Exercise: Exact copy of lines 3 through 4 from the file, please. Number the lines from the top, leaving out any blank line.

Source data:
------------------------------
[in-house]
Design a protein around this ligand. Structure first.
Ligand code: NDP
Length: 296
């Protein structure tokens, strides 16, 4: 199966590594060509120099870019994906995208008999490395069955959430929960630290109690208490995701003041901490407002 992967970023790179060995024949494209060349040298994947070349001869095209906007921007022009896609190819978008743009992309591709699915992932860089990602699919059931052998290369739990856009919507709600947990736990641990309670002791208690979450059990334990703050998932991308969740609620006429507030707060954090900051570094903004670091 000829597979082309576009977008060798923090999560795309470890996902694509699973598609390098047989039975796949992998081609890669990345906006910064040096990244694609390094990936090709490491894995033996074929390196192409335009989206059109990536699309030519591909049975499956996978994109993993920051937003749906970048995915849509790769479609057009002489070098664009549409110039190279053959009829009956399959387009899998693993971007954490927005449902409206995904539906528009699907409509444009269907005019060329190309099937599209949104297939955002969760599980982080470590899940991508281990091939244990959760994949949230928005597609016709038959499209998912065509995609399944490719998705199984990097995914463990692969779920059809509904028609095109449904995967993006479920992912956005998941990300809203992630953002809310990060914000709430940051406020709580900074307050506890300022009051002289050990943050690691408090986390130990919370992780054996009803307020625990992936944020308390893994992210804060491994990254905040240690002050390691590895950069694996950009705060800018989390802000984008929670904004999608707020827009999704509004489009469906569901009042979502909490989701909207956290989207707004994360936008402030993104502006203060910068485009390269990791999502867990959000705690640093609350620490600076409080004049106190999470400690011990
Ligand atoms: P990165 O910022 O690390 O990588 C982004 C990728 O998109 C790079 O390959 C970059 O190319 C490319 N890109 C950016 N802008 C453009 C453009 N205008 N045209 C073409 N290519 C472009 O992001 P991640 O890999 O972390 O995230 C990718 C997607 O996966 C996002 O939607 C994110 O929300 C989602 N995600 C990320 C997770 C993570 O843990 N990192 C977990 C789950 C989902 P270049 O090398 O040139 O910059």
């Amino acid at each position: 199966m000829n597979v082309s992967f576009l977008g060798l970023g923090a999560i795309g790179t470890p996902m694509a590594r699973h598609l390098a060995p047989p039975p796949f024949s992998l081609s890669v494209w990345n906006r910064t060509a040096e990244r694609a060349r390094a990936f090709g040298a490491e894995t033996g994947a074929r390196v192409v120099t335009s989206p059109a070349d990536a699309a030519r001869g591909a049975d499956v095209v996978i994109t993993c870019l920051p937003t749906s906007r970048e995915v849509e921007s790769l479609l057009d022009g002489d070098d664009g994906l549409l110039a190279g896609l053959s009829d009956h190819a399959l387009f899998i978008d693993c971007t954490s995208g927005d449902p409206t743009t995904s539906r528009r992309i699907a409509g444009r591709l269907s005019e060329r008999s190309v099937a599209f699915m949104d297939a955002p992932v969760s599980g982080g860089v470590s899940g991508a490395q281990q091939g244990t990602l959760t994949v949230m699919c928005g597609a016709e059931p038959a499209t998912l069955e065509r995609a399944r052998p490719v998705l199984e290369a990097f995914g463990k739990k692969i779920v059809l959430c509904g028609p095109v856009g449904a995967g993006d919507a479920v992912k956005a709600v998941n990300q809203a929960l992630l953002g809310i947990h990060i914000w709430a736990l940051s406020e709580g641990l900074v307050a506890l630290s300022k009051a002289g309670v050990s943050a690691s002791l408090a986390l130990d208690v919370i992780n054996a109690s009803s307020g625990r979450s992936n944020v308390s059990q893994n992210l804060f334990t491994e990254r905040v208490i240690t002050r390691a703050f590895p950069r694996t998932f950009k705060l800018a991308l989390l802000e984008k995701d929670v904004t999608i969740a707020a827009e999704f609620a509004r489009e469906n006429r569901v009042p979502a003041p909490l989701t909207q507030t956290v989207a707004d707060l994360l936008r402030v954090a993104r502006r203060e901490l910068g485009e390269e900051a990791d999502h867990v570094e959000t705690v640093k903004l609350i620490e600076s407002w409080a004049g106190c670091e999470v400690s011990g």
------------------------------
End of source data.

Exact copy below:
Ligand code: NDP
Length: 296